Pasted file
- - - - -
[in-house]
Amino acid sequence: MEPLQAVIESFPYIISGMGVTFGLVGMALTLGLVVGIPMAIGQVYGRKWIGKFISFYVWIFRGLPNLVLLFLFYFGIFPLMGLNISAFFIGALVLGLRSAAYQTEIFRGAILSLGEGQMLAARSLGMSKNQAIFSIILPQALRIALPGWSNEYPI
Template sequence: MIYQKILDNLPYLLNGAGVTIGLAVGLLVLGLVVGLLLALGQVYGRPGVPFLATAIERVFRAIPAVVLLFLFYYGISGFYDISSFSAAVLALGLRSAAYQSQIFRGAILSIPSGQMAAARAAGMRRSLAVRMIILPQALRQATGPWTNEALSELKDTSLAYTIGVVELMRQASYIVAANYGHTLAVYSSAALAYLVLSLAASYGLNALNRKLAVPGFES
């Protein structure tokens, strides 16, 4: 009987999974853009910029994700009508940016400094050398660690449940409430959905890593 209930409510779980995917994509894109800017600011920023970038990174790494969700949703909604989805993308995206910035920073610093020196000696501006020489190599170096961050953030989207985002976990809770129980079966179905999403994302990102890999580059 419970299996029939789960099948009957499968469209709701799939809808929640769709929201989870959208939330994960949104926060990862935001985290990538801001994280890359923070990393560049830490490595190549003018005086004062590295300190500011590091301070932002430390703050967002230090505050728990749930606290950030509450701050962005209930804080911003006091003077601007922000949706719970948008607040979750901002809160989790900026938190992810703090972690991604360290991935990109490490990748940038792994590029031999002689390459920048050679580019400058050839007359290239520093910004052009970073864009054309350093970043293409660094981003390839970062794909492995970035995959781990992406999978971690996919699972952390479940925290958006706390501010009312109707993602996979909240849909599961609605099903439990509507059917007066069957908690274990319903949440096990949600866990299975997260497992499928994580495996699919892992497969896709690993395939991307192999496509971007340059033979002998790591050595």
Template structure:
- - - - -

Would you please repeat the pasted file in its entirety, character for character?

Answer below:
[in-house]
Amino acid sequence: MEPLQAVIESFPYIISGMGVTFGLVGMALTLGLVVGIPMAIGQVYGRKWIGKFISFYVWIFRGLPNLVLLFLFYFGIFPLMGLNISAFFIGALVLGLRSAAYQTEIFRGAILSLGEGQMLAARSLGMSKNQAIFSIILPQALRIALPGWSNEYPI
Template sequence: MIYQKILDNLPYLLNGAGVTIGLAVGLLVLGLVVGLLLALGQVYGRPGVPFLATAIERVFRAIPAVVLLFLFYYGISGFYDISSFSAAVLALGLRSAAYQSQIFRGAILSIPSGQMAAARAAGMRRSLAVRMIILPQALRQATGPWTNEALSELKDTSLAYTIGVVELMRQASYIVAANYGHTLAVYSSAALAYLVLSLAASYGLNALNRKLAVPGFES
């Protein structure tokens, strides 16, 4: 009987999974853009910029994700009508940016400094050398660690449940409430959905890593 209930409510779980995917994509894109800017600011920023970038990174790494969700949703909604989805993308995206910035920073610093020196000696501006020489190599170096961050953030989207985002976990809770129980079966179905999403994302990102890999580059 419970299996029939789960099948009957499968469209709701799939809808929640769709929201989870959208939330994960949104926060990862935001985290990538801001994280890359923070990393560049830490490595190549003018005086004062590295300190500011590091301070932002430390703050967002230090505050728990749930606290950030509450701050962005209930804080911003006091003077601007922000949706719970948008607040979750901002809160989790900026938190992810703090972690991604360290991935990109490490990748940038792994590029031999002689390459920048050679580019400058050839007359290239520093910004052009970073864009054309350093970043293409660094981003390839970062794909492995970035995959781990992406999978971690996919699972952390479940925290958006706390501010009312109707993602996979909240849909599961609605099903439990509507059917007066069957908690274990319903949440096990949600866990299975997260497992499928994580495996699919892992497969896709690993395939991307192999496509971007340059033979002998790591050595």
Template structure: